We agree with Abbasi�fs observation that an audit was effective to reduce co-prescription of typical and atypical antipsychotics. The audit is a good chance to review the guidelines and the prescribing patterns through discussion with nursing staff and other psychiatrists so that psychiatrists are more aware of their prescription. Abbasi also raised the question of PRN medication, and asked for clarification. Whicher et al. concluded in their systematic review that the current practice has no support from high quality evidence but rather clinical experience and habit. Randomised trials are necessary to develop guidelines.

1. Ray WA, et al (2001) Antipsychotics and the risk of sudden cardiacdeath. Archives of General Psychiatry, 58, 1161-1167.

2. Ito H et al (2004) Gender difference in QTc prolongation of peoplewith mental disorders. Annals of General Hospital Psychiatry, 3, 3.

3. Whicher E, et al (2002) 'As required' medication regimens for seriously mentally ill people in hospital. The Cochrane Database of Systematic Reviews 2002, Issue 1. Art. No.: CD003441. DOI: 10.1002/14651858.CD003441.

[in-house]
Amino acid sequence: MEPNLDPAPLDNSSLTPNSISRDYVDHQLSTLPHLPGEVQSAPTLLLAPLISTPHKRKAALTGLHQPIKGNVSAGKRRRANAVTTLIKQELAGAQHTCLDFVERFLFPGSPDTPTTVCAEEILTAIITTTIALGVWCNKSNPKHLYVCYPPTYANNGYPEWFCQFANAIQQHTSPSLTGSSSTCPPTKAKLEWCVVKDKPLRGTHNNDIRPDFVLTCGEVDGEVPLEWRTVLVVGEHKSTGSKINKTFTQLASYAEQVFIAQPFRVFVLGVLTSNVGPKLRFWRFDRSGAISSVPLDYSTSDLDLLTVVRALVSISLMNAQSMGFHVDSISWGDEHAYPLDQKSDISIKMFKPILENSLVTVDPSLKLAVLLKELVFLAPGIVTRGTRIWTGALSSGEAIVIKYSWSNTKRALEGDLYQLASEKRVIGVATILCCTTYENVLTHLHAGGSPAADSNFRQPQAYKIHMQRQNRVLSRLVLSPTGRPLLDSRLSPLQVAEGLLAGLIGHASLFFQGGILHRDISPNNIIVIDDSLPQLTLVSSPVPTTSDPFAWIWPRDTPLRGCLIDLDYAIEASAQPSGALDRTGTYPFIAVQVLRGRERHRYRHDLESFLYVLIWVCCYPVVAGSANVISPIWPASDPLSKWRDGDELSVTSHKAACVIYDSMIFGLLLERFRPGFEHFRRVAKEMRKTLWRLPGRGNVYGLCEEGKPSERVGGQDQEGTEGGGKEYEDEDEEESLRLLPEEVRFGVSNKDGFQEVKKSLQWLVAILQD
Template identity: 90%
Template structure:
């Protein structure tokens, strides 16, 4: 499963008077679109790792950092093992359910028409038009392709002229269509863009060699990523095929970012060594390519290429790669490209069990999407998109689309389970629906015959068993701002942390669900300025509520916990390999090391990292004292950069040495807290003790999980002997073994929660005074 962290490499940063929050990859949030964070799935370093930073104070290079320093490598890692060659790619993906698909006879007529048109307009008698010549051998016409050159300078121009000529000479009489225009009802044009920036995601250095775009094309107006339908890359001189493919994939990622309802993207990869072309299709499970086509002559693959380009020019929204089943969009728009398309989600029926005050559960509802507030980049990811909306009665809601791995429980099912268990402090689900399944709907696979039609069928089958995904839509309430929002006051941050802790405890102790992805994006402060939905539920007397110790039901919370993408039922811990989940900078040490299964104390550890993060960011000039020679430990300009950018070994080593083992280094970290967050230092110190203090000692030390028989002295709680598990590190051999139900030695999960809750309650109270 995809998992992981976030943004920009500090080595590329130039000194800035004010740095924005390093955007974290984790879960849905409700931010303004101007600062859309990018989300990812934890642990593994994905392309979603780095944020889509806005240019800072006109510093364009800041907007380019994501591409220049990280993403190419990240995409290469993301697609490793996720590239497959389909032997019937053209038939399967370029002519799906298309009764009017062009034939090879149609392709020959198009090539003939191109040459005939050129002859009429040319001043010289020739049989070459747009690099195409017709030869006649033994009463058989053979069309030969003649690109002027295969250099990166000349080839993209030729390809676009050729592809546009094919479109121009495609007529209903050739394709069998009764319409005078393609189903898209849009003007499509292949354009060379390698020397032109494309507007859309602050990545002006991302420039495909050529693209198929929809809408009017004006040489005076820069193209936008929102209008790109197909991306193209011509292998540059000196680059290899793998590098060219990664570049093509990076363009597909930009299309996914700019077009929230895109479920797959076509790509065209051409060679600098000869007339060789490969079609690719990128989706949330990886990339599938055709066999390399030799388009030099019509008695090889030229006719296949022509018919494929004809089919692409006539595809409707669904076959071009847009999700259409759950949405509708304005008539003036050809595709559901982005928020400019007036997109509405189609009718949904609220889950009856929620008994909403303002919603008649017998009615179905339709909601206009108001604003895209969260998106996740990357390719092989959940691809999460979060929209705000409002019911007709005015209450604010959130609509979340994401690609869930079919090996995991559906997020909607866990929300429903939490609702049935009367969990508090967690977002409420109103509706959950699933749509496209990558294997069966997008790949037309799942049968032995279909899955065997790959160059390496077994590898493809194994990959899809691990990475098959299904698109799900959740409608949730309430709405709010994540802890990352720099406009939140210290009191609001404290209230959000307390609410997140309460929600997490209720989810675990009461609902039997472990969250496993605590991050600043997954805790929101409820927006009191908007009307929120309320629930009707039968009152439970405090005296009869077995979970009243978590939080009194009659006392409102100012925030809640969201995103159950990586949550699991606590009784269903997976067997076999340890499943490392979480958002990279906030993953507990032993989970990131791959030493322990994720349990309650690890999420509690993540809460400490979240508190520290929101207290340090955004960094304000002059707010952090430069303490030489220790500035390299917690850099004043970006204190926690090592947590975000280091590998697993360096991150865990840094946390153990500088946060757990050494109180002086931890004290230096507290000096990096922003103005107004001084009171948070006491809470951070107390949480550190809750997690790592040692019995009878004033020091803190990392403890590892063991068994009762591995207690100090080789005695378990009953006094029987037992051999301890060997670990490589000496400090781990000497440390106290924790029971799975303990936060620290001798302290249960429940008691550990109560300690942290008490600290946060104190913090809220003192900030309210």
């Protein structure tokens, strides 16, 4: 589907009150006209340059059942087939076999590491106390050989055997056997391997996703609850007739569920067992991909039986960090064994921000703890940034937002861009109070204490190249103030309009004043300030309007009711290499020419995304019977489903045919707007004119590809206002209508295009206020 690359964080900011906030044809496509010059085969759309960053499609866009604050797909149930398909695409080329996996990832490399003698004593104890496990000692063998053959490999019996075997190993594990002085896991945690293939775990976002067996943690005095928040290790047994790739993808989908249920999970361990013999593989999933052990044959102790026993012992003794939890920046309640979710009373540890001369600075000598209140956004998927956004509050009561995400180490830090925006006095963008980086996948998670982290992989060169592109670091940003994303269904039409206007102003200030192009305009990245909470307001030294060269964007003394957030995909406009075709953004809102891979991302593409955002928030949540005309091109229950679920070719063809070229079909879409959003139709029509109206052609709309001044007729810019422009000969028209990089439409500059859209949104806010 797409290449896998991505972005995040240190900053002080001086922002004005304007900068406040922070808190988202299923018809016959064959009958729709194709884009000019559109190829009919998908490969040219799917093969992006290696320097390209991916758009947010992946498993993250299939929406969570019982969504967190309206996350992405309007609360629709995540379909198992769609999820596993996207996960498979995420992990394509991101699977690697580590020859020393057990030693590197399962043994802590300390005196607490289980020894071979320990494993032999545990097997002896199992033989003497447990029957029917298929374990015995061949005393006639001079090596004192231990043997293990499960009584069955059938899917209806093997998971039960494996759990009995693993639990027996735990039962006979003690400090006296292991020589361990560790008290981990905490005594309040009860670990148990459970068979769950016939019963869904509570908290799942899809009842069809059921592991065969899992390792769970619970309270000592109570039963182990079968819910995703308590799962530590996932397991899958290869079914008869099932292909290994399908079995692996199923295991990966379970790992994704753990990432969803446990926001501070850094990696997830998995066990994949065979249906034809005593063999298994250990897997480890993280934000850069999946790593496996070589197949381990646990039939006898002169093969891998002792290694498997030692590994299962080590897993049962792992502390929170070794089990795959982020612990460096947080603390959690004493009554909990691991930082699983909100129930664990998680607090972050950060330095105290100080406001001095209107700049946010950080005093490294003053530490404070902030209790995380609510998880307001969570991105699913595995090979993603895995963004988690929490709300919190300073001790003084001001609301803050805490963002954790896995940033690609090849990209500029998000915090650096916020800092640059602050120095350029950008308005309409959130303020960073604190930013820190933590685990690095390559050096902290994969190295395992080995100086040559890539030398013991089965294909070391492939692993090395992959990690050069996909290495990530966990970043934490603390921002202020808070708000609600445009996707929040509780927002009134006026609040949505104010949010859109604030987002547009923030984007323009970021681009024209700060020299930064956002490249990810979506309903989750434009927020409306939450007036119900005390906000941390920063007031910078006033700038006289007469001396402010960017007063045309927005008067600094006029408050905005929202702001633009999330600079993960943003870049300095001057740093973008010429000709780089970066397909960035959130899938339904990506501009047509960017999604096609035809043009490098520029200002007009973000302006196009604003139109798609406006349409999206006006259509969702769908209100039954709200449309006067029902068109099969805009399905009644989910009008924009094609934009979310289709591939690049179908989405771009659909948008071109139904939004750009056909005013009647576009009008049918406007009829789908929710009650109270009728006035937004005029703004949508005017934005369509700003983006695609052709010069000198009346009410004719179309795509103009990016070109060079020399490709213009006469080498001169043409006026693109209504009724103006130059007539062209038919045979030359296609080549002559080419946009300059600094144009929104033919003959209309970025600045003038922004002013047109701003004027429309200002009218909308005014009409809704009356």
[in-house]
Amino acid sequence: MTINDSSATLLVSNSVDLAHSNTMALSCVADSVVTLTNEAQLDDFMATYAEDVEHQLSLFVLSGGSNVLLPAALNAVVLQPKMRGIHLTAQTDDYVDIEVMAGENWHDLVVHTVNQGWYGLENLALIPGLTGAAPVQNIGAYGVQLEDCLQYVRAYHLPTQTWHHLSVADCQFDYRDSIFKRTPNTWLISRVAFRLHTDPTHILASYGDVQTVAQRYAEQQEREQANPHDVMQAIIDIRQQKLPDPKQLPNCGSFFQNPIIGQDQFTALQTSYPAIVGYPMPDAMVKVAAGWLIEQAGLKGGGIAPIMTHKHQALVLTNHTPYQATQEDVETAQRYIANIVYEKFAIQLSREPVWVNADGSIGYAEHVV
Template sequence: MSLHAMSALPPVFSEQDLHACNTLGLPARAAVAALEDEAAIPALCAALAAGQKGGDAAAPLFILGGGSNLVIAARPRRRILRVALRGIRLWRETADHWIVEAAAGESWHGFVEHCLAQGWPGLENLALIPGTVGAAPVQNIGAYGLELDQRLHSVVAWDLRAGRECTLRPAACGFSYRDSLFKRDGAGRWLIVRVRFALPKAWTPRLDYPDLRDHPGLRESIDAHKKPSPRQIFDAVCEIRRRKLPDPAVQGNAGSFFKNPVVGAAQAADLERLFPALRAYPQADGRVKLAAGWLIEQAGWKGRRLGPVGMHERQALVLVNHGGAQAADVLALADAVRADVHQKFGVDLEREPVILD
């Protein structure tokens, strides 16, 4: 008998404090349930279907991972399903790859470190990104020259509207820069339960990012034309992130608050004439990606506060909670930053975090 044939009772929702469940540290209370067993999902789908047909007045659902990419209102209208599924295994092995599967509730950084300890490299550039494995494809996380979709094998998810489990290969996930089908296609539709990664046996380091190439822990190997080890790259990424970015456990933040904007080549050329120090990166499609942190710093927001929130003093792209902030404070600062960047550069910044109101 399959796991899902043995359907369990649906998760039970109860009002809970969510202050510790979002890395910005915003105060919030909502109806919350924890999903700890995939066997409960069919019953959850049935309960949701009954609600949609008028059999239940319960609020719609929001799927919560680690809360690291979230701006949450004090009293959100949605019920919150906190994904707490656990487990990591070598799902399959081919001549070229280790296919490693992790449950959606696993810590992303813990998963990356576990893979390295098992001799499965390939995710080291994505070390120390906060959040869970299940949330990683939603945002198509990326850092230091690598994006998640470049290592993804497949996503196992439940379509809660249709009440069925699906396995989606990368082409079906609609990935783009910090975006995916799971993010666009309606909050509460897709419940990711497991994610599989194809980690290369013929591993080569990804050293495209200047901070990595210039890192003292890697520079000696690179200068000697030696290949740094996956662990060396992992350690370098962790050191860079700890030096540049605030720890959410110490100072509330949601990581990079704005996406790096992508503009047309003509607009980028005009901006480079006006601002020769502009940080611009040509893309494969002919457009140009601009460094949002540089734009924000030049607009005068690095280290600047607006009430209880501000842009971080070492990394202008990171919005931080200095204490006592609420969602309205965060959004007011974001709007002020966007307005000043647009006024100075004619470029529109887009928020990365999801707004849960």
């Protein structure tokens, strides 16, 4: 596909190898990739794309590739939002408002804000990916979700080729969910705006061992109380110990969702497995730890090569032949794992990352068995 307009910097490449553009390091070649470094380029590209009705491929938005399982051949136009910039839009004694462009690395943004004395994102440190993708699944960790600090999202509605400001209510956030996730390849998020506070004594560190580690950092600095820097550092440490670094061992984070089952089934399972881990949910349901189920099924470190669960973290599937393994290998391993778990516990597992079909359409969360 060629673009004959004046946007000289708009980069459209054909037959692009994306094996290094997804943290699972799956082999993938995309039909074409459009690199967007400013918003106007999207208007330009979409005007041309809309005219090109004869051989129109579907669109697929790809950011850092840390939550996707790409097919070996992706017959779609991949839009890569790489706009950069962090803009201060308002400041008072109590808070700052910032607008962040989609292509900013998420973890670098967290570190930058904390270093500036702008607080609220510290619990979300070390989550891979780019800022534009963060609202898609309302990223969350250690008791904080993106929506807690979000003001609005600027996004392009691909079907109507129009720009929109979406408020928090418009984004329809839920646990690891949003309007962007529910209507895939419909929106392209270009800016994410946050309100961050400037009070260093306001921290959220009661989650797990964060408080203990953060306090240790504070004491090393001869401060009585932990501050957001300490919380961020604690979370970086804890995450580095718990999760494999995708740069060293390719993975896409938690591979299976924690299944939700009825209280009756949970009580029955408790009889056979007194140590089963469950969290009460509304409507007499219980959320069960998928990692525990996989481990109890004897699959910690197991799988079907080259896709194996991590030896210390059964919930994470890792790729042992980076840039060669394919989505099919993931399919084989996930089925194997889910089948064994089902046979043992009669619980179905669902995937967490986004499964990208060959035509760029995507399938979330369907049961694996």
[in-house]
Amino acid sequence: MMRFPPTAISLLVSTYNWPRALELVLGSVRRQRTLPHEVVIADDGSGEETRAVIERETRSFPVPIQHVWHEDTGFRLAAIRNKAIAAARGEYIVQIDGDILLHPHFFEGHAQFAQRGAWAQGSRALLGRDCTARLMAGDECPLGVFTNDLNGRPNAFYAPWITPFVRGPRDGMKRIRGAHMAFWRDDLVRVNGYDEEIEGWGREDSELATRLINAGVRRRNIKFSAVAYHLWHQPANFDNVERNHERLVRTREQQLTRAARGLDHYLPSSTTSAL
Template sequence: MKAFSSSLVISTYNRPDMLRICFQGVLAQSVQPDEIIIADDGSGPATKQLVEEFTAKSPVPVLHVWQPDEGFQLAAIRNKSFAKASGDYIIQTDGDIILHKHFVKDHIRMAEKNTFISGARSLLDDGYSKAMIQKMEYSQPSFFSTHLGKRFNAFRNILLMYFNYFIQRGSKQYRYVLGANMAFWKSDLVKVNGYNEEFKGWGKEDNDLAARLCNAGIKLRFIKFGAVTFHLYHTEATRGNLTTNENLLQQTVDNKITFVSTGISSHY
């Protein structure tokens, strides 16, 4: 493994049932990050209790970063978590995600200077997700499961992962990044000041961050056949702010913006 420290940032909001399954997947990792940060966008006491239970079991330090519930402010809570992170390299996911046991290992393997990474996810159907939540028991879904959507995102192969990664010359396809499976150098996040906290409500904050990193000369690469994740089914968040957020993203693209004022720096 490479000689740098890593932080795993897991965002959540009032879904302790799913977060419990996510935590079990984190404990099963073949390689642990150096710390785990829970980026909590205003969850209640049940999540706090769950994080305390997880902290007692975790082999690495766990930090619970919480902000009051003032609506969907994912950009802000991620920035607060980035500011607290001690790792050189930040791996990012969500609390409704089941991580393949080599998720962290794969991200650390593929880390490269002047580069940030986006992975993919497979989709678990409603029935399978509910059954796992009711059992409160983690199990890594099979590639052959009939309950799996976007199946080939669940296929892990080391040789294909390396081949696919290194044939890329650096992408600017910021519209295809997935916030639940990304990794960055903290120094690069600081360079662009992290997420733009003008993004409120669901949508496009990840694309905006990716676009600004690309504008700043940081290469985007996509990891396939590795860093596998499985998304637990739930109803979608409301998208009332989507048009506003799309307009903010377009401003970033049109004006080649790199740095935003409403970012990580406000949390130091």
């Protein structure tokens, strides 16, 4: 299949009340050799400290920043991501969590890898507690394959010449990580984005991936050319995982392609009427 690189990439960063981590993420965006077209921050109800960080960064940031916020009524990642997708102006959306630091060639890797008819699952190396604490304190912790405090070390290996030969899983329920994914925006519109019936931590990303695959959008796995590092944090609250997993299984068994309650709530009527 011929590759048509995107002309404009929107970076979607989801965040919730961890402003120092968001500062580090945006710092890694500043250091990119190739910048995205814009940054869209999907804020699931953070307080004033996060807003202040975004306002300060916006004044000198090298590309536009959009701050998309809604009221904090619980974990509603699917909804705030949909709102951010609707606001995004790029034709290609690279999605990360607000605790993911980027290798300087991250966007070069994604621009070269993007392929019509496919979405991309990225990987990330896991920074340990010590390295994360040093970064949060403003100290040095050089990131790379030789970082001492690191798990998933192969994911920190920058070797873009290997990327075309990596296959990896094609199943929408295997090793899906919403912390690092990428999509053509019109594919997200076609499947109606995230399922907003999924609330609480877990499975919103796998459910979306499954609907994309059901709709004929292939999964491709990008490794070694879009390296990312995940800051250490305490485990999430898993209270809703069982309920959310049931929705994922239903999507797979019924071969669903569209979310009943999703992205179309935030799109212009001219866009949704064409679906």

To Dr. Hannele Variend,

Variend reported that polypharmacy prescribing and excessive dosing were prevalent also in the forensic service, and doctor�fs advice is important regarding the use of medicines outside the recommendations of the license.

As Variend pointed out, there are several limitations in our research. Since our research was a multi-center study, detailed information (e.g., patient clinical or historical risk, role of pharmacistand patient�fs request for additional medication) was limited. We need to include such information in the next study.